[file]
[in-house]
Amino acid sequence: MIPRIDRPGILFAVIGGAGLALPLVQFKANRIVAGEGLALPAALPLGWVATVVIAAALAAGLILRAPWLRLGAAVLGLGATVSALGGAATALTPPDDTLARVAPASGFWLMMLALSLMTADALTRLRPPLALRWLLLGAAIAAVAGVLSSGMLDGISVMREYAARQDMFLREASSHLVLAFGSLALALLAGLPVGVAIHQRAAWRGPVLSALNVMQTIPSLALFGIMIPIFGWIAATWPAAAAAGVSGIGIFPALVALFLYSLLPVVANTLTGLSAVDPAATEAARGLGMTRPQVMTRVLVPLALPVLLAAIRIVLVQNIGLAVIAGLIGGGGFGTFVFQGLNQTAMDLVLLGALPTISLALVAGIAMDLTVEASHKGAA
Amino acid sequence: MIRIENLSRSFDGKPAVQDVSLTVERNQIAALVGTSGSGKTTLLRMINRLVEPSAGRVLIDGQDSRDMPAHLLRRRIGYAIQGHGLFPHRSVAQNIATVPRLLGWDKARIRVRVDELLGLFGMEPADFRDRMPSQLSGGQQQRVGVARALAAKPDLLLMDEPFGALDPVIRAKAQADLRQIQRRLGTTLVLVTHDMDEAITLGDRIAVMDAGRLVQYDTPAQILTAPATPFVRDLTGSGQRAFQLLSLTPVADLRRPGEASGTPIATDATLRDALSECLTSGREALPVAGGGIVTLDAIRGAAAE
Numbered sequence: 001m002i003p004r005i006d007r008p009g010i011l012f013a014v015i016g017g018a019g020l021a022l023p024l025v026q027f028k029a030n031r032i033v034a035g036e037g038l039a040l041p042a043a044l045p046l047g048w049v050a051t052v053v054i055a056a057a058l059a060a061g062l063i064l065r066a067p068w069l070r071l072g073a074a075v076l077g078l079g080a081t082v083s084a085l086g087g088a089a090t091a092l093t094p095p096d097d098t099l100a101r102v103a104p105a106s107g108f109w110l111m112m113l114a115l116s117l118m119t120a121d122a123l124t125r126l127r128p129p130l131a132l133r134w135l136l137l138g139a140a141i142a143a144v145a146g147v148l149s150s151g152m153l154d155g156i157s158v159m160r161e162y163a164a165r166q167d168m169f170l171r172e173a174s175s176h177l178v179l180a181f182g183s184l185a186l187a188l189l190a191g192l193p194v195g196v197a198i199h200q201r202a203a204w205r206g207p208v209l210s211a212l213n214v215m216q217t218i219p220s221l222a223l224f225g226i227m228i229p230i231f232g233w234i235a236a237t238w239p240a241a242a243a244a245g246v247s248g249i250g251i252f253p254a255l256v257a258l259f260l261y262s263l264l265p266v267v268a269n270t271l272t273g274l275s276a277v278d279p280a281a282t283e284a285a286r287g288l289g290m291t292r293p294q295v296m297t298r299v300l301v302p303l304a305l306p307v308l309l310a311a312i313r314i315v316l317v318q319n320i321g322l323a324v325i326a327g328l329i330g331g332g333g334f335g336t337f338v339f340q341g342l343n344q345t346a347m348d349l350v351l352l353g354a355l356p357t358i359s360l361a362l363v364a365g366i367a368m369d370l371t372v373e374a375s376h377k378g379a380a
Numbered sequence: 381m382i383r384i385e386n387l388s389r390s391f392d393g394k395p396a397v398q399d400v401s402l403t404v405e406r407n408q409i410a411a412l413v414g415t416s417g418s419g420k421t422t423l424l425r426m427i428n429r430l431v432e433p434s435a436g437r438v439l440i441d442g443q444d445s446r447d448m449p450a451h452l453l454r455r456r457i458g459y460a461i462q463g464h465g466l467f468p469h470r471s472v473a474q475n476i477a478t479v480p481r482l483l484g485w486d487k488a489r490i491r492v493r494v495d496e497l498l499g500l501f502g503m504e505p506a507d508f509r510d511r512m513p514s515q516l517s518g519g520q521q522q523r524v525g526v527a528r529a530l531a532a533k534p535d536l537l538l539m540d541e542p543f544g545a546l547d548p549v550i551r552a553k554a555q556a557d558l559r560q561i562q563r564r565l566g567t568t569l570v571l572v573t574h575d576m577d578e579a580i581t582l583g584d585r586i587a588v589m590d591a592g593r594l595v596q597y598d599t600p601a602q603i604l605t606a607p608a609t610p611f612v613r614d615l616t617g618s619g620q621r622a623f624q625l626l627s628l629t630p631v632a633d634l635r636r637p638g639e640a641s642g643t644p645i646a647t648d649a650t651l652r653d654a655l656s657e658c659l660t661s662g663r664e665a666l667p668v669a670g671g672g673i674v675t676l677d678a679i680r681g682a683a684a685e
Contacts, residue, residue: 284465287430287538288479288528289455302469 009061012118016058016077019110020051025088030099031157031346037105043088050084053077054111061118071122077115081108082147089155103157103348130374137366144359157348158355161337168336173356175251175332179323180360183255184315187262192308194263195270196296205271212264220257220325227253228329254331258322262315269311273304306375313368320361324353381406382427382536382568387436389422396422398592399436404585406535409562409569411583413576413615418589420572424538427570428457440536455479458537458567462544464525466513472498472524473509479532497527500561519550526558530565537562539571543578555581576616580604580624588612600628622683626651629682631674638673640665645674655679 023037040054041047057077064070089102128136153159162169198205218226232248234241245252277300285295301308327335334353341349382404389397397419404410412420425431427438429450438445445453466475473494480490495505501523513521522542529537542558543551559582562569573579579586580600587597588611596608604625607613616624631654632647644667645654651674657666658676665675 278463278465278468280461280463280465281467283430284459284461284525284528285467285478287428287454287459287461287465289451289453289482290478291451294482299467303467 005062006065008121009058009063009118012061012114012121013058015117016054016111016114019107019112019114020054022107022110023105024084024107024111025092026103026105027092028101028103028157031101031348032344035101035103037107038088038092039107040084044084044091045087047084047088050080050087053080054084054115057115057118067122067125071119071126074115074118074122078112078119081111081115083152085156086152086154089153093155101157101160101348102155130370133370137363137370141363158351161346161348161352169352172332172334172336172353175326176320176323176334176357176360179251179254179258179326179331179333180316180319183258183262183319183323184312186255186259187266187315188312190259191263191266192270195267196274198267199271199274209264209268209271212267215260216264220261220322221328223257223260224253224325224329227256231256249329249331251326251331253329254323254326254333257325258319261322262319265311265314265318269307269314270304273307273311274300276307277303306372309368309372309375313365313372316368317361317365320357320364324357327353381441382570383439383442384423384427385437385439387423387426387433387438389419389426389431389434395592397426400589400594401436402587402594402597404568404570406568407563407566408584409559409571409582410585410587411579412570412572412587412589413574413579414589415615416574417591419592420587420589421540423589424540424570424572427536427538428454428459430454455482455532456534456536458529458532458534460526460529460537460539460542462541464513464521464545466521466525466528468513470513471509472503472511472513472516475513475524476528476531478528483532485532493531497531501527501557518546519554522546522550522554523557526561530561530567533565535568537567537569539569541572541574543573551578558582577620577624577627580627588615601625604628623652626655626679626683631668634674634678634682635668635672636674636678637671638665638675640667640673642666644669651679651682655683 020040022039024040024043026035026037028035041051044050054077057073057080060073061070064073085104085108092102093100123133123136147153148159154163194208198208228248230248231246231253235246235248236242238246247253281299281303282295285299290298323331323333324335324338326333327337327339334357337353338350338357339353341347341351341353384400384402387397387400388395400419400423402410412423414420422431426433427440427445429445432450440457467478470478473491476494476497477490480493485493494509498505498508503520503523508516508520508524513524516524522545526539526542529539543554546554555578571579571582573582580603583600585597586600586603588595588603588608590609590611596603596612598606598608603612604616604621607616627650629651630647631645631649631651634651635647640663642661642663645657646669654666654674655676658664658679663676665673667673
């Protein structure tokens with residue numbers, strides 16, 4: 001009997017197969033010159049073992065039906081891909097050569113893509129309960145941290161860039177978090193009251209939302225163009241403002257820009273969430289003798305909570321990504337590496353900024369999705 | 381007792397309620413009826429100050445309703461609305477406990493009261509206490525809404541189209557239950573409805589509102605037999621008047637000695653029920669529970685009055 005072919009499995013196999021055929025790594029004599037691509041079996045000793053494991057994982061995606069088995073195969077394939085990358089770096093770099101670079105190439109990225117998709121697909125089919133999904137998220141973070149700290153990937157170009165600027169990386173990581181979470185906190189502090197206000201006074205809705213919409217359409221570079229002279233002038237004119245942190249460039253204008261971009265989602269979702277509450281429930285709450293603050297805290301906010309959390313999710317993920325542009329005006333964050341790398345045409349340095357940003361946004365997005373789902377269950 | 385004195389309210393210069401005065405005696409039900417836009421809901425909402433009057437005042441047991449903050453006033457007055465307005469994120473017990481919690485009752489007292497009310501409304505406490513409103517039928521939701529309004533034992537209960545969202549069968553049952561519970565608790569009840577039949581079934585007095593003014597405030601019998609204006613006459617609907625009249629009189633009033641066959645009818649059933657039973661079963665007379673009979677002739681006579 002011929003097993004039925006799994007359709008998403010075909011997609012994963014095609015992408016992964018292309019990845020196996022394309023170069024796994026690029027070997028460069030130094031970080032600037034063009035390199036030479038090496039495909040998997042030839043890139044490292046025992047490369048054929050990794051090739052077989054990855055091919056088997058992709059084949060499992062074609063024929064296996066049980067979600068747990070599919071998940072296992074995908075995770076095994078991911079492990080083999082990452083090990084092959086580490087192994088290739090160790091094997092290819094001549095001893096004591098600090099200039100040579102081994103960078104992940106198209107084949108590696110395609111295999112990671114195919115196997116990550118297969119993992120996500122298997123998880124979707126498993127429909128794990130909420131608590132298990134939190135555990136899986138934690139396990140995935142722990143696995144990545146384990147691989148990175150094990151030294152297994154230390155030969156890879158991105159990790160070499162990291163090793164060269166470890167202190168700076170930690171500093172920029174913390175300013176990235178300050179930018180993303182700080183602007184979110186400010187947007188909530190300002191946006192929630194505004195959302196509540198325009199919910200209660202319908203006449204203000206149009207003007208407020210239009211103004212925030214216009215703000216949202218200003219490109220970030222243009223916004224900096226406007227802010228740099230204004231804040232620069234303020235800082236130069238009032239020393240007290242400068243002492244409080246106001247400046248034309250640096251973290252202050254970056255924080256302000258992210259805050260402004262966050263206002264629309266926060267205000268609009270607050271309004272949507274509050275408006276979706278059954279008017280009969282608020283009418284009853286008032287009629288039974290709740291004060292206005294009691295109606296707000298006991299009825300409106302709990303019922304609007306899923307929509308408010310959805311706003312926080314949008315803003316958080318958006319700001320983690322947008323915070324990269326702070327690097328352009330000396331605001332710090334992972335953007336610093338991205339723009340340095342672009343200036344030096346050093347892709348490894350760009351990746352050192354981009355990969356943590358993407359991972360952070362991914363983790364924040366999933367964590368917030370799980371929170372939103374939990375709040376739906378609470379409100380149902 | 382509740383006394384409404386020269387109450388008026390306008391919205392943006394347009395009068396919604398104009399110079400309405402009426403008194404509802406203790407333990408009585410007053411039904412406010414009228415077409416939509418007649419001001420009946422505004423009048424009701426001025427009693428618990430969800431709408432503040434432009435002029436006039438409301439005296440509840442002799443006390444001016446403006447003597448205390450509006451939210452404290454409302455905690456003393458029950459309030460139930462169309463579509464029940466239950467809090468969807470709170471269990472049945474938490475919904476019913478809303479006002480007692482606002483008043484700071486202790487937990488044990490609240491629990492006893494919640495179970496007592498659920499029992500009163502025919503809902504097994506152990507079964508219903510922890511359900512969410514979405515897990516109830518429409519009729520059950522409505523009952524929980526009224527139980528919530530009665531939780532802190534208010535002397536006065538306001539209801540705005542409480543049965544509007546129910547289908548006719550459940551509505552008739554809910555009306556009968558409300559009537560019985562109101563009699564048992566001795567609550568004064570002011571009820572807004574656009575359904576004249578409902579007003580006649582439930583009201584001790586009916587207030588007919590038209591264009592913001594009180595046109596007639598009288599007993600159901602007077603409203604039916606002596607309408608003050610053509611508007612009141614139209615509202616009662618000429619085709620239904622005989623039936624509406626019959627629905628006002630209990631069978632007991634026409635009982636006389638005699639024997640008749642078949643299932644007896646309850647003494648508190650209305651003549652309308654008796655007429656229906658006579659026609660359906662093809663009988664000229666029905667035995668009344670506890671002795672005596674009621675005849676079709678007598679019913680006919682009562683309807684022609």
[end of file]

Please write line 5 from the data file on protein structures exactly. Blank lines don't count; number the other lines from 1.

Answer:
Numbered sequence: 381m382i383r384i385e386n387l388s389r390s391f392d393g394k395p396a397v398q399d400v401s402l403t404v405e406r407n408q409i410a411a412l413v414g415t416s417g418s419g420k421t422t423l424l425r426m427i428n429r430l431v432e433p434s435a436g437r438v439l440i441d442g443q444d445s446r447d448m449p450a451h452l453l454r455r456r457i458g459y460a461i462q463g464h465g466l467f468p469h470r471s472v473a474q475n476i477a478t479v480p481r482l483l484g485w486d487k488a489r490i491r492v493r494v495d496e497l498l499g500l501f502g503m504e505p506a507d508f509r510d511r512m513p514s515q516l517s518g519g520q521q522q523r524v525g526v527a528r529a530l531a532a533k534p535d536l537l538l539m540d541e542p543f544g545a546l547d548p549v550i551r552a553k554a555q556a557d558l559r560q561i562q563r564r565l566g567t568t569l570v571l572v573t574h575d576m577d578e579a580i581t582l583g584d585r586i587a588v589m590d591a592g593r594l595v596q597y598d599t600p601a602q603i604l605t606a607p608a609t610p611f612v613r614d615l616t617g618s619g620q621r622a623f624q625l626l627s628l629t630p631v632a633d634l635r636r637p638g639e640a641s642g643t644p645i646a647t648d649a650t651l652r653d654a655l656s657e658c659l660t661s662g663r664e665a666l667p668v669a670g671g672g673i674v675t676l677d678a679i680r681g682a683a684a685e